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For Immediate Release
Office of the First Lady
September 28, 2007

Mrs. Bush's Remarks at the 2007 National Book Festival Gala

     Fact sheet In Focus: 2007 National Book Festival

7:10 P.M. EDT

MRS. BUSH: Thank you, Dr. Billington, and thanks to everyone at the Library of Congress for organizing this beautiful event, as well as the fabulous festival tomorrow. I want to urge everyone here, remember tomorrow is the day, from 10:00 a.m. in the morning till 5:00 p.m. tomorrow afternoon on the National Mall. Be sure to go there. You'll see all of your favorite writers. Be sure to take your kids, who will love having their picture with Clifford the Big Red Dog and all the other storybook characters that will be there.

Laura Bush is introduced at the National Book Festival Gala Performance Friday, Sept. 28, 2007, where she delivered remarks at the Library of Congress in Washington D. C. White House photo by Joyce N. Boghosian Welcome, everyone, to the 7th Annual National Book Festival. Thank you very much for coming.

Most of all, thank you to our authors. You're the reason we're here. In "The Tempest," Prospero observes: "My library was dukedom large enough." With a good collection of books, a reader can go to any place any time he pleases.

The authors with us this evening take their readers on journeys across America's history and landscape. They investigate the murder of an ex-con on the streets of Seattle, document the bravery of American G.I.s on the battlefields of World War II. They follow America's most famous assassin through the swamplands of Maryland and the forests of Virginia, and they guide us into the hearts of 12-year-old twin boys in Northampton County, North Carolina.

Shelia Moses takes her young readers on a journey through African American history -- from the inspiring story of Dred Scott, to the courage of blacks living in the segregated South. Shelia first gained recognition for her award-winning novel "The Legend of Buddy Bush." Since then, her work has earned her the Coretta Scott King Honor, and acclaim as a National Book Award Finalist. Today, Shelia will read from her most recent novel, "The Baptism."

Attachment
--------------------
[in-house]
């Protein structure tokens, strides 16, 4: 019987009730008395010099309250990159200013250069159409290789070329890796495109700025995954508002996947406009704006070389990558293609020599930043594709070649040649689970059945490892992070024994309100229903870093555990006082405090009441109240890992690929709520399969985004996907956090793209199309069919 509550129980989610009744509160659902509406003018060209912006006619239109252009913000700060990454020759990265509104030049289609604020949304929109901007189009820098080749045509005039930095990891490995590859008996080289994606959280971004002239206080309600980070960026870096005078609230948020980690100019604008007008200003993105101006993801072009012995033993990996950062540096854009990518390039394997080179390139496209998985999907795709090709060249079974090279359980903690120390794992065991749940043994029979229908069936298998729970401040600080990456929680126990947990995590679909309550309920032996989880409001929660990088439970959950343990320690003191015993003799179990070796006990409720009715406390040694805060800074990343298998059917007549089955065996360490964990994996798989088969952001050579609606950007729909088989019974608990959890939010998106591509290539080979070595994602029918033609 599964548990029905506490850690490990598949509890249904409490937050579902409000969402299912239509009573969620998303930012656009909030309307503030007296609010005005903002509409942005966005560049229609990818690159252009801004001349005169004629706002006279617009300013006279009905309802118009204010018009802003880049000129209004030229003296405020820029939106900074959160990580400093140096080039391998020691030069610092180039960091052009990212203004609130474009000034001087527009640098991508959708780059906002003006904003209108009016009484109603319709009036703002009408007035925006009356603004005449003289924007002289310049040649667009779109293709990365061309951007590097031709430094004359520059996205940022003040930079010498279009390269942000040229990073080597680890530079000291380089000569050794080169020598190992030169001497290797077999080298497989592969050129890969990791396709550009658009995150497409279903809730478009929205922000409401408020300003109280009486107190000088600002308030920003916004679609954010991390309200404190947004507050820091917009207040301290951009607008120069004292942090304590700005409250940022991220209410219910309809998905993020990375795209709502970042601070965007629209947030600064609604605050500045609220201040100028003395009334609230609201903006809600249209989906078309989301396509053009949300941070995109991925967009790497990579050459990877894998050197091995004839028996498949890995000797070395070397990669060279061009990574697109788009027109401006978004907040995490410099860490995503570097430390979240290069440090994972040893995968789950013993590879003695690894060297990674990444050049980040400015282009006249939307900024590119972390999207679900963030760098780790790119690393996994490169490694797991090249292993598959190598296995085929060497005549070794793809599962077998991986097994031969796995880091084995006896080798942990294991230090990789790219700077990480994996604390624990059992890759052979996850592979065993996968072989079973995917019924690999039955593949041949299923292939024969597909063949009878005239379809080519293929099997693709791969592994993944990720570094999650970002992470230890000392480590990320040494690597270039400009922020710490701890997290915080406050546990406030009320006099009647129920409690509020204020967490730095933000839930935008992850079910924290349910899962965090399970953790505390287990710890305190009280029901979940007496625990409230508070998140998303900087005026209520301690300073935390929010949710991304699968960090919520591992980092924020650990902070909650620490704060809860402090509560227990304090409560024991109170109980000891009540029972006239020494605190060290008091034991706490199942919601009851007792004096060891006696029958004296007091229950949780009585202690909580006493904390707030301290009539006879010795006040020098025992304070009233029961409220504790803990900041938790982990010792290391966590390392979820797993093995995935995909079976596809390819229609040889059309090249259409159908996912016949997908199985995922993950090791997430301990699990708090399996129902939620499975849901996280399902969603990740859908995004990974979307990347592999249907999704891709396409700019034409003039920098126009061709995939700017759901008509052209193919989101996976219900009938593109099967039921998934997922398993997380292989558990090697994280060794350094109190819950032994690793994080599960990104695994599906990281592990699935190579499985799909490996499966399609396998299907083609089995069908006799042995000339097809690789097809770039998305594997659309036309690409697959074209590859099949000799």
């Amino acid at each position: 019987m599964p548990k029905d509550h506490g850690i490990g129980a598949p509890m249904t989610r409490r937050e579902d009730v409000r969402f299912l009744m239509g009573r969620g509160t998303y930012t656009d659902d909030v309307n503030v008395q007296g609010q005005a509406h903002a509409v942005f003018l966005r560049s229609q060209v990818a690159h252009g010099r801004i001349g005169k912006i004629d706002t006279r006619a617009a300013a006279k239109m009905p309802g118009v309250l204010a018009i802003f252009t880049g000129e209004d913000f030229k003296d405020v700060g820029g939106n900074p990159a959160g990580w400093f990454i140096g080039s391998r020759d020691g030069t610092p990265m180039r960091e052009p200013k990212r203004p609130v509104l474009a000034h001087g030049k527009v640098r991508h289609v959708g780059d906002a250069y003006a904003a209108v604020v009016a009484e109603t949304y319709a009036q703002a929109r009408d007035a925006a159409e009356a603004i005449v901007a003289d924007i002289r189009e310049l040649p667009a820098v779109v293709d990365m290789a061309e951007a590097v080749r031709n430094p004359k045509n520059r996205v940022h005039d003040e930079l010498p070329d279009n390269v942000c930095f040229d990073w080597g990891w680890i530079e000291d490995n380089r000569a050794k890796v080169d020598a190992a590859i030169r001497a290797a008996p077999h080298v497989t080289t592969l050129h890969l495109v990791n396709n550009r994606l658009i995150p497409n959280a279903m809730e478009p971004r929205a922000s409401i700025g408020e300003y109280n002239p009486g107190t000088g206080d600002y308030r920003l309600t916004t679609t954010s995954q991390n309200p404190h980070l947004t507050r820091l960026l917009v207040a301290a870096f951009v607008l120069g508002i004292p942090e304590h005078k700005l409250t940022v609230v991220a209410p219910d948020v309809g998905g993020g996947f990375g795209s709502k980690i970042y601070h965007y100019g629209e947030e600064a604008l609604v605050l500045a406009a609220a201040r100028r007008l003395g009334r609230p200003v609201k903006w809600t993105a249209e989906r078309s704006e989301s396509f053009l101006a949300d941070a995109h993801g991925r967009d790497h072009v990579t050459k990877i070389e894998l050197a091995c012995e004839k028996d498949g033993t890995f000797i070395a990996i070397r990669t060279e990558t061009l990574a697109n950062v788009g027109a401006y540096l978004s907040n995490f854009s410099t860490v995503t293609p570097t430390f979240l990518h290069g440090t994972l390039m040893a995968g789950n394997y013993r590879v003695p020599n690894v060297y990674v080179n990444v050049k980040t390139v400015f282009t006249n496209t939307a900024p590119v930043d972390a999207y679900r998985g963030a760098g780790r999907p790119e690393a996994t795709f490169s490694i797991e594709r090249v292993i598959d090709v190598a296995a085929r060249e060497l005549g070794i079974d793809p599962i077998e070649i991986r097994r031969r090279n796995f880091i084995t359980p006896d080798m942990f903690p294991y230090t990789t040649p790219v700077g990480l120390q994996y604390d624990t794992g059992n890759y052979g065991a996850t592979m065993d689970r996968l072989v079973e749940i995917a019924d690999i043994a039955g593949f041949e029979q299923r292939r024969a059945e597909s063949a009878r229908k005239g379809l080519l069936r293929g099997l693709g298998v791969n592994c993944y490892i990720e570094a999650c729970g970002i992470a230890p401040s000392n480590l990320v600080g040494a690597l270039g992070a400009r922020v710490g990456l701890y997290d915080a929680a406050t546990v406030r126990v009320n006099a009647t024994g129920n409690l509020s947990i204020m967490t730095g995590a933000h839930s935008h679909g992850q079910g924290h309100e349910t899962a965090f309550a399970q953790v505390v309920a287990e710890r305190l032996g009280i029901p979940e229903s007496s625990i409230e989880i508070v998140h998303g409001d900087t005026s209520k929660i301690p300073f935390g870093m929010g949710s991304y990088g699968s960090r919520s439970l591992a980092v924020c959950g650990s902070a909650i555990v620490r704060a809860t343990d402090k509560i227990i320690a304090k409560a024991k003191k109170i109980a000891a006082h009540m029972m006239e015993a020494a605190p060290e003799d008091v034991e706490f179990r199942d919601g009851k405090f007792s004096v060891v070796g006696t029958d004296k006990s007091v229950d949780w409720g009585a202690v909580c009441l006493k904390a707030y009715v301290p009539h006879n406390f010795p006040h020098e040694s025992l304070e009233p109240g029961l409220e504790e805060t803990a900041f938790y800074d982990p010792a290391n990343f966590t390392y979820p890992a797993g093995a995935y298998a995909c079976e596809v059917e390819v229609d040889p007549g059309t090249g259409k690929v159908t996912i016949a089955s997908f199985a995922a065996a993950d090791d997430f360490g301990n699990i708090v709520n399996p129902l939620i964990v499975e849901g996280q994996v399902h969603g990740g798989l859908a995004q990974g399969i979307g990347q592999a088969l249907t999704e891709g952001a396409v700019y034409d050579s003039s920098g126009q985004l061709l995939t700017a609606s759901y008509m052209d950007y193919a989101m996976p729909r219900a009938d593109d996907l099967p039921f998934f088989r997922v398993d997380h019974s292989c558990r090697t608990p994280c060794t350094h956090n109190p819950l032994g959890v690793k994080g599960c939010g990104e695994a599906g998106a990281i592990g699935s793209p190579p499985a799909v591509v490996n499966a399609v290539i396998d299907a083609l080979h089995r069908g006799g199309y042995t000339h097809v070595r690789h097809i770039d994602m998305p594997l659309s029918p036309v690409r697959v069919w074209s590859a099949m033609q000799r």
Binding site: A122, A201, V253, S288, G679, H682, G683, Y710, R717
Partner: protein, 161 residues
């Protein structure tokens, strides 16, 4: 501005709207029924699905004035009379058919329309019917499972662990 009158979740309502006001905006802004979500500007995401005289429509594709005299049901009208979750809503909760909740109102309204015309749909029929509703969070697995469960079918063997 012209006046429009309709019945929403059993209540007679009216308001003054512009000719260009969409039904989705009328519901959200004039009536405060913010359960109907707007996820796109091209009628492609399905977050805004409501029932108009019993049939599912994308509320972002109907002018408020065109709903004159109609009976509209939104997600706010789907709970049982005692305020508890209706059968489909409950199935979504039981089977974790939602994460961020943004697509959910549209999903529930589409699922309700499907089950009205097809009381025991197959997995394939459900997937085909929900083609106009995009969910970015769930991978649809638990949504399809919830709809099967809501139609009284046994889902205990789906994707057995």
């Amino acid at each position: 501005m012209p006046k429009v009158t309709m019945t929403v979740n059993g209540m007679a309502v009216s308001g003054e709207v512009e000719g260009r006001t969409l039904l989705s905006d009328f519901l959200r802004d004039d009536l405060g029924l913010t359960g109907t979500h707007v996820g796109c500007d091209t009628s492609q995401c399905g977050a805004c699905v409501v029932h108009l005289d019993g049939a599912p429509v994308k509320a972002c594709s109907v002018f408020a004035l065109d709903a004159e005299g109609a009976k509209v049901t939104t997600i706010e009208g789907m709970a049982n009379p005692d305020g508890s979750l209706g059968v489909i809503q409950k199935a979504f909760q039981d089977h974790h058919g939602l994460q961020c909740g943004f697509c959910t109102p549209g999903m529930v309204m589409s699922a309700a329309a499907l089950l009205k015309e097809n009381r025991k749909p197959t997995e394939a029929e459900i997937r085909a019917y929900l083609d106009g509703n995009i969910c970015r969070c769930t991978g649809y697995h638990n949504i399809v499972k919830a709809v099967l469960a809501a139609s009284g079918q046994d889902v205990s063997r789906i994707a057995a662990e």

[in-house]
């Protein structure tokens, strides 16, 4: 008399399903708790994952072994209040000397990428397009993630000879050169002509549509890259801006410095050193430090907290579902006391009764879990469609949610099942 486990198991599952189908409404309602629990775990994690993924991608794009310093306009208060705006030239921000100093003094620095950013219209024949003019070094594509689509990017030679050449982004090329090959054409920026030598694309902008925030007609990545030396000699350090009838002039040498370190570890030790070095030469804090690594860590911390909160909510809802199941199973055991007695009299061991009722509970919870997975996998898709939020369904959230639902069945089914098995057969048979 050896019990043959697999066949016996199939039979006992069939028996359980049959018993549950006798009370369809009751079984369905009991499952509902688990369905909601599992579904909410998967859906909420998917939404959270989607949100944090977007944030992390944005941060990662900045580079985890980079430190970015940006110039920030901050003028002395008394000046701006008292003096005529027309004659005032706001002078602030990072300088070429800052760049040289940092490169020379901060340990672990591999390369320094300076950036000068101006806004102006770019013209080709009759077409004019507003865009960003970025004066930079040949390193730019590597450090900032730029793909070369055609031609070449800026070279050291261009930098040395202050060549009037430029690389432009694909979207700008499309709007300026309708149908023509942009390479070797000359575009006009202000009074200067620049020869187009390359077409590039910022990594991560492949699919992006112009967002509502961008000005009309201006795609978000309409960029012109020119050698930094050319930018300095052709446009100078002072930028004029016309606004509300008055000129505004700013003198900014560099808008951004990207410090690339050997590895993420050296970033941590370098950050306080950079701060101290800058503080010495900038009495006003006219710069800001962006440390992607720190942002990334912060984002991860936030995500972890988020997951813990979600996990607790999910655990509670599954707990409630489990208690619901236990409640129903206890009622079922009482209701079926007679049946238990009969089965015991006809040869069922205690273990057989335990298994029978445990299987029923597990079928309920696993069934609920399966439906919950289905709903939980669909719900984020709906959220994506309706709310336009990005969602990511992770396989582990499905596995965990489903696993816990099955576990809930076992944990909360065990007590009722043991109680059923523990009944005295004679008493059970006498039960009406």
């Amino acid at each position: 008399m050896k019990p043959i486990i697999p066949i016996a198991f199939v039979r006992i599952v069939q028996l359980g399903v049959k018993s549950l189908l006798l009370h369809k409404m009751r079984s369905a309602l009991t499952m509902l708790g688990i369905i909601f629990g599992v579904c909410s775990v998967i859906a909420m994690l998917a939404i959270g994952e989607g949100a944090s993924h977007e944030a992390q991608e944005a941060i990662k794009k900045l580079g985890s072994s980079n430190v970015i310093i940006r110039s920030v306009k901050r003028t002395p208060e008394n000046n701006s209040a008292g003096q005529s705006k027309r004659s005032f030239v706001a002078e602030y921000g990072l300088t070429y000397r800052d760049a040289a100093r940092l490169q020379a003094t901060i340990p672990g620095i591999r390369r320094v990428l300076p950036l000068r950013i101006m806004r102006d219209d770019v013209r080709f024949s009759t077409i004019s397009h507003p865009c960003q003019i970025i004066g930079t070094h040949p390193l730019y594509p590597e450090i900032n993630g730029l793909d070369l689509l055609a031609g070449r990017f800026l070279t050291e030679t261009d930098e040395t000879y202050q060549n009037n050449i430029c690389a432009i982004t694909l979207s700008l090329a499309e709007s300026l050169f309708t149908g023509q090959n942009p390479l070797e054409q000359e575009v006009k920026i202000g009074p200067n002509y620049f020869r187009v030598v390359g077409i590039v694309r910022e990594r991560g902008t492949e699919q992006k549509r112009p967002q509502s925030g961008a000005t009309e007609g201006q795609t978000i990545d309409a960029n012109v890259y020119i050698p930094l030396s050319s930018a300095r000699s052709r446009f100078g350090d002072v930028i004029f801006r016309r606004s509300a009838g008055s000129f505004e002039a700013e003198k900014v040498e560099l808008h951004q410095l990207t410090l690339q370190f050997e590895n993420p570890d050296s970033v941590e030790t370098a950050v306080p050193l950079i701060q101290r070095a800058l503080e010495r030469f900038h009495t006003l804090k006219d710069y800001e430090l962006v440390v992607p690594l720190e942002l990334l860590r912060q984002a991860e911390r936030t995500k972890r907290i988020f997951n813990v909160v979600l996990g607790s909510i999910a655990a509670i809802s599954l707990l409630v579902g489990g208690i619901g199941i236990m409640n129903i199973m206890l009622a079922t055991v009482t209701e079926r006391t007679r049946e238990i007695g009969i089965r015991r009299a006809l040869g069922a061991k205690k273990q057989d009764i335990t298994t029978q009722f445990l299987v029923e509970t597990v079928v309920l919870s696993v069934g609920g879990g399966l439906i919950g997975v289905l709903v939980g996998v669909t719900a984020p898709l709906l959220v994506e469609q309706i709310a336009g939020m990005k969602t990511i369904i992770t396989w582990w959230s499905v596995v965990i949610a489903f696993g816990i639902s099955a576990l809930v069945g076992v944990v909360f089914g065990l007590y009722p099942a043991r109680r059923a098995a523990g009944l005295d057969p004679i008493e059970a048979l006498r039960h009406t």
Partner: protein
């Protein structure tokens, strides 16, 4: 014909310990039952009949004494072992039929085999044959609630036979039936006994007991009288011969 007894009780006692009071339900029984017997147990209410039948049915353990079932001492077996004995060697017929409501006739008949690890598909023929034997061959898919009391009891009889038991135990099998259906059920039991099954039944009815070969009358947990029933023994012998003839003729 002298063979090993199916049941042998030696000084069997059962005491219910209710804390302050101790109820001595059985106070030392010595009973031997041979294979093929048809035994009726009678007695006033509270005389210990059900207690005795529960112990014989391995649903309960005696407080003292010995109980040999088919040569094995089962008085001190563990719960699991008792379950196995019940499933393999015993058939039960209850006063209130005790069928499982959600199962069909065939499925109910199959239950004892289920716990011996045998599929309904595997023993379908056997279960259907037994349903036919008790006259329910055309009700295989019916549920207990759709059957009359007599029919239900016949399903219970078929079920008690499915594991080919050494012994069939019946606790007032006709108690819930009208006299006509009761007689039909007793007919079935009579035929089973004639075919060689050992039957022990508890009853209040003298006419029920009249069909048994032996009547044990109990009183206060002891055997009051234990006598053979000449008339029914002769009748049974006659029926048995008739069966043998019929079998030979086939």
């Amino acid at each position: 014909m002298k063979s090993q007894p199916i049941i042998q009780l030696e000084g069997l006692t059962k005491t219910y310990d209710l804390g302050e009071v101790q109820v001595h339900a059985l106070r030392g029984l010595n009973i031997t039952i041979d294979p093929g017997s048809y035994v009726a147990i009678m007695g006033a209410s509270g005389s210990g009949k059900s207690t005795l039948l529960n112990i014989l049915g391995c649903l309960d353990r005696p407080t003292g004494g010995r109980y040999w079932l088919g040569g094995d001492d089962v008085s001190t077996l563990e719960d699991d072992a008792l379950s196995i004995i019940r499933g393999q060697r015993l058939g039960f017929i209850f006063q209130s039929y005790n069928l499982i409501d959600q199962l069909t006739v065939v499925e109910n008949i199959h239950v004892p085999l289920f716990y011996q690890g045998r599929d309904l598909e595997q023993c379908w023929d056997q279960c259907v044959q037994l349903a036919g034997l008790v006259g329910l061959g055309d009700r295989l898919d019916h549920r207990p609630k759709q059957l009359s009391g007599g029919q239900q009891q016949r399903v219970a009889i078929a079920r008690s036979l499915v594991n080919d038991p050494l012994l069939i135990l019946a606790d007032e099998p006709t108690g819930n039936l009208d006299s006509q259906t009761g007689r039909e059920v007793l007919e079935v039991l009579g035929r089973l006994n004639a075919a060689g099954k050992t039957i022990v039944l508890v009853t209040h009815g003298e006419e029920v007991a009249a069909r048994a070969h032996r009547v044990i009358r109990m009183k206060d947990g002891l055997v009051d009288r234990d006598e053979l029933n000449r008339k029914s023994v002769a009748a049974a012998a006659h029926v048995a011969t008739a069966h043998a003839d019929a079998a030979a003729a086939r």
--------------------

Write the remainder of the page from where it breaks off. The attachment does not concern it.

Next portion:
James Swanson guides his readers through the life and times of our 16th President. Since the age of 10, James has studied and collected books, documents, art, and artifacts connected with Abraham Lincoln. Actually, James's ties to Lincoln started at his birth: He was born on Lincoln's birthday. Tonight, James will present his most recent book, "Manhunt: The 12-Day Chase for Lincoln's Killer." "Manhunt" is a thrilling, well-documented account of murder and intrigue, not to mention some fascinating American history.

Jeff Shaara's lively fiction takes his fans back in time to experience our country's momentous conflicts -- from the American Revolution, to the Civil War, to World War I. And through his work with the National Endowment for the Arts' Operation Homecoming program, Jeff helps soldiers returning from Afghanistan and Iraq document their own wartime experiences. Thank you, Jeff, for your commitment to our troops. And thank you for sharing your account of World War II, "The Rising Tide," with us this evening.

J.A. Jance brings her readers into the fast-paced world of her mysteries and thrillers. J.A. started collecting her material early: She's known that she wanted to be a writer since the 2nd grade. Since then, she's produced the best-selling J.P. Beaumont series, and the Joanna Brady series, which takes place in Southeastern Arizona of J.A.'s childhood. Tonight, J.A. will read from her latest J.P. Beaumont novel, "Justice Denied." Ladies and gentlemen, J.A. Jance. (Applause.)

END 7:14 P.M. EDT

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